Even the DNC can’t keep its story straight on why it initially omitted language affirming Jerusalem as Israel’s capital from its 2012 platform, and then hastily shoved it back in over the objections of delegates.
On Tuesday, CNN’s Dana Bash said the DNC told her it was “simply following what the Obama administration’s policy is, and the White House said several months ago that the status of Jerusalem is an issue that should be resolved in the final status negotiations between the Israelis and the Palestinians.”
But this morning on CNN, DNC chair Debbie Wasserman Schultz contradicted that initial statement, claiming the removal of the pro-Israel language was a “technical omission” that wasn’t discussed before the convention.
“Essentially, with Jerusalem, it was a technical omission and nothing more than that,” Wasserman Schultz said Thursday on CNN. “There was never any discussion or debate commentary over adding or subtracting it.”
Why didn’t the DNC just say it was a technical error in the first place, instead of calling it a reflection of Obama’s policies? If that wasn’t confusing enough, Politico reports that President Obama saw the Israel plank before the convention, but didn’t press for changes until after Republicans seized on the issue:
Two platform planks sparked division at the Democratic National Convention here Wednesday.
Things got so bad that President Barack Obama was forced to personally intervene, ordering language mentioning God and naming Jerusalem as the rightful capital of Israel be added.
Obama had seen the language prior to the convention, a campaign source said, but did not seek to change it until after Republicans jumped on the omissions of God and Jerusalem late Wednesday. And even then, it had to be forced through a convention hall full of delegates who nearly shouted down the change.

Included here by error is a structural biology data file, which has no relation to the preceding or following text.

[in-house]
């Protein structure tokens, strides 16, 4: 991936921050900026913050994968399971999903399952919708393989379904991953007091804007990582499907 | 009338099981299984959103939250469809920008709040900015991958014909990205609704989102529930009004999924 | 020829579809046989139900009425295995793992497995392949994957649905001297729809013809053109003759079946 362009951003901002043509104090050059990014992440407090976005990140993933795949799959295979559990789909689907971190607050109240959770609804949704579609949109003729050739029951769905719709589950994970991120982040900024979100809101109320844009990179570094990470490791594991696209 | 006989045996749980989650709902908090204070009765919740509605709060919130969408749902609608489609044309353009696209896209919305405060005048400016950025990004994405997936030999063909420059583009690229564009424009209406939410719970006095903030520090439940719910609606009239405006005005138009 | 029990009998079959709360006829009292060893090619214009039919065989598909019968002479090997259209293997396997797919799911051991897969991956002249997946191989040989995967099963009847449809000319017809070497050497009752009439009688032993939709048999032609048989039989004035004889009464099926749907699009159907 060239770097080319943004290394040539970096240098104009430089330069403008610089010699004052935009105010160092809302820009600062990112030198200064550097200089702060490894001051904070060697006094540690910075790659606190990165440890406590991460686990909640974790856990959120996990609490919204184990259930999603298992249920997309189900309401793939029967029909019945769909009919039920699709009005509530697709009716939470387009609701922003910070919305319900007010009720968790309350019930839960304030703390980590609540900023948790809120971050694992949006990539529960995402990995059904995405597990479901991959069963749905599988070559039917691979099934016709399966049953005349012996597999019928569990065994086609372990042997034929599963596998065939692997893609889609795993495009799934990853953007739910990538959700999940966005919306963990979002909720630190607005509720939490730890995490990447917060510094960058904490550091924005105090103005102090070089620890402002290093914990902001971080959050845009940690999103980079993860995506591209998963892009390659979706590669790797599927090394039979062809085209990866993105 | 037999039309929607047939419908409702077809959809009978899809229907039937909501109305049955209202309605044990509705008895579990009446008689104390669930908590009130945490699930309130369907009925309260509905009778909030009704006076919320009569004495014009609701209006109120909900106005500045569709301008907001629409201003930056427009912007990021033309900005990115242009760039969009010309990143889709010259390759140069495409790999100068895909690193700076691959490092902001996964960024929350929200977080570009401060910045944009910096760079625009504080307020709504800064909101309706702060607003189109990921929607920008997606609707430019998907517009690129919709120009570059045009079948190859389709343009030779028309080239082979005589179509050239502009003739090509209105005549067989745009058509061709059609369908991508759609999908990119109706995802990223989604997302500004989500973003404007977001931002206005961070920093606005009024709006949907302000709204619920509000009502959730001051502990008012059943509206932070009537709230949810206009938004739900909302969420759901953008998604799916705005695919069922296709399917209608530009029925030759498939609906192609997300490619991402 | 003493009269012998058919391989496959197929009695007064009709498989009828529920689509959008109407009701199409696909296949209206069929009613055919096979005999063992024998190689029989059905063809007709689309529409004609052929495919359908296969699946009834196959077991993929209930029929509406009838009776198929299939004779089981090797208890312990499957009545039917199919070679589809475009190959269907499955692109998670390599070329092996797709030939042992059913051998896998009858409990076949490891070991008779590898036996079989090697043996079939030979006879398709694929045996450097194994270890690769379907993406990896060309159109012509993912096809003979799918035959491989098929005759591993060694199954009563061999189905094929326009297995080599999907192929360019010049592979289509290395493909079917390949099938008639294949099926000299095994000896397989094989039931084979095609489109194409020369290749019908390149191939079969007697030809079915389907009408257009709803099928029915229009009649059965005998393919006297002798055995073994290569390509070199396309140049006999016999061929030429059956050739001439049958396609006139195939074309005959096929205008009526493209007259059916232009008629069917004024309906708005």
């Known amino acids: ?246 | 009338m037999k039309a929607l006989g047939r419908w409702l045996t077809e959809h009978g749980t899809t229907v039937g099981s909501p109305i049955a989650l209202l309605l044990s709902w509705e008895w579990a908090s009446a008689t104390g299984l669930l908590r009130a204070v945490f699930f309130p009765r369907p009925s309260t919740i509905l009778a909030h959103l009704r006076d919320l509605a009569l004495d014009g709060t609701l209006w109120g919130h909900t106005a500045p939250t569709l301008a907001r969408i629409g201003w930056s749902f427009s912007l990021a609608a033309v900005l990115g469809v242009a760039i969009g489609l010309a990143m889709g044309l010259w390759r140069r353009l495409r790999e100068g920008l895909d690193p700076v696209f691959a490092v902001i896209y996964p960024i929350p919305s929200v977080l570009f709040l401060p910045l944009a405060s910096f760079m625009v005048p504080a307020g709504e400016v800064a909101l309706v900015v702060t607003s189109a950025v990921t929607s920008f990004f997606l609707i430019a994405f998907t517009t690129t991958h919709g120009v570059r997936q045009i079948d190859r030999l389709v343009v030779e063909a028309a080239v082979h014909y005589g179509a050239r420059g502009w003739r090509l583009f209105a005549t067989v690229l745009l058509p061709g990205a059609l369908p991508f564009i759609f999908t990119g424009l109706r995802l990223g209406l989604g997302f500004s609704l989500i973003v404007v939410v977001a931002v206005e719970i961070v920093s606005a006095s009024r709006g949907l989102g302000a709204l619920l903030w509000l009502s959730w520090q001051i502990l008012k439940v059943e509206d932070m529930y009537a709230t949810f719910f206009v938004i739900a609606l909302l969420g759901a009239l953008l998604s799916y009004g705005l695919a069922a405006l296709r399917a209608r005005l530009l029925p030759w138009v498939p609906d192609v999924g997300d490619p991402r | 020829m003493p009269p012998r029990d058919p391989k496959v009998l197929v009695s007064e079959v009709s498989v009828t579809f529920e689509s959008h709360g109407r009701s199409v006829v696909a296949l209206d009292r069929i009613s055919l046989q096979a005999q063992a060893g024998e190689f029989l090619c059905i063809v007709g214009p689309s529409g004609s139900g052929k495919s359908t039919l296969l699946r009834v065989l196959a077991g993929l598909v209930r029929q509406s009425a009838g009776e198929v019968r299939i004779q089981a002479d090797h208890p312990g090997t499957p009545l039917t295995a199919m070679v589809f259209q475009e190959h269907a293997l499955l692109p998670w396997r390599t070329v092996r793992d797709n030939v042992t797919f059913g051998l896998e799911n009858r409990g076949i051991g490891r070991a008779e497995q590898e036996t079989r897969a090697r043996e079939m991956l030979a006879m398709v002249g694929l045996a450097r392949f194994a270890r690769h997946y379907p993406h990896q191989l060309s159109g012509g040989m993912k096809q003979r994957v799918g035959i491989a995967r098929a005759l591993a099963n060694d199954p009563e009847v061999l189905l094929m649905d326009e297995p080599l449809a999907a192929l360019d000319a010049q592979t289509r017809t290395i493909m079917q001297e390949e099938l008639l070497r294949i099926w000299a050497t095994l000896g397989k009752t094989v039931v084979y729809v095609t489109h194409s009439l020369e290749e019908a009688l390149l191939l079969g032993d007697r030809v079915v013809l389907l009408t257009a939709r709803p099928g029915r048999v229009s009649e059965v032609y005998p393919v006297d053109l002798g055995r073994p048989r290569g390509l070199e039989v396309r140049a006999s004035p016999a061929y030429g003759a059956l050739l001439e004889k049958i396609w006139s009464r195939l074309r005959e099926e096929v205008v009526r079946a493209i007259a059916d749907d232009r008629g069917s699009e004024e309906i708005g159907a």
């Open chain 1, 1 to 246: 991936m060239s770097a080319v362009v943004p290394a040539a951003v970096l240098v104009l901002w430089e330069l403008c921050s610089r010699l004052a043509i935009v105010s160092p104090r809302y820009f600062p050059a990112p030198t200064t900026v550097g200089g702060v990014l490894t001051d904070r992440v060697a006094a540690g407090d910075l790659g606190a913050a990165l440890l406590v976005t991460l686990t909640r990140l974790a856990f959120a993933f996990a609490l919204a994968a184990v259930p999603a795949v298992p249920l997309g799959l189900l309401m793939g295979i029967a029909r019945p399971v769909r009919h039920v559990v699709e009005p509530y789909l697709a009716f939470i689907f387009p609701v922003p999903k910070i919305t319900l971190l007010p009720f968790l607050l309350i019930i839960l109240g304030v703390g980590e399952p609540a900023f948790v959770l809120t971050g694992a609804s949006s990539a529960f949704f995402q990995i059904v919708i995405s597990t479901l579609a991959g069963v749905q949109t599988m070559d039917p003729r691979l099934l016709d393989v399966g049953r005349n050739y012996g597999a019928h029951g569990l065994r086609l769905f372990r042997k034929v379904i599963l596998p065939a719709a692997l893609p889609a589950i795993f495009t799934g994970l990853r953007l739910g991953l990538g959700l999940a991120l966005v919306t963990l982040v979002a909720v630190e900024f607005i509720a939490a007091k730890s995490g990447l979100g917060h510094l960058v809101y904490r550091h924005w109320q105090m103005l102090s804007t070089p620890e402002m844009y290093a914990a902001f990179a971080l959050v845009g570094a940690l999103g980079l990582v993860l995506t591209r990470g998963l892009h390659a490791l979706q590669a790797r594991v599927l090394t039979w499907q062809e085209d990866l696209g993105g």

And yet Wasserman Schultz went on Starting Point this morning and claimed Obama was completely unaware of the omission before the convention, and “when he realized there was this omission said, this platform should reflect my personal view” on “an important issue like Jerusalem.” David Frum immediately skewered this argument:
So we’re supposed to believe Obama feels so passionately about Jerusalem as Israel’s capital, and yet, 1.) The only time he’s ever mentioned it was in a 2008 campaign speech to AIPAC, which he immediately walked back, 2.) His White House not only scrubbed its own website of any reference that Jerusalem is in Israel, it also scrubbed the Bush administration’s references to it, 3.) While Obama administration officials have refused to acknowledge Jerusalem as Israel’s capital when pressed by reporters, none of them have ever mentioned the president’s supposedly strong personal view.
Beyond that, we’re also supposed to believe that neither Obama nor his staff — who would presumably be aware of a position the president is allegedly so passionate about — ever saw the DNC platform before it was released. Do they really think the public is that clueless?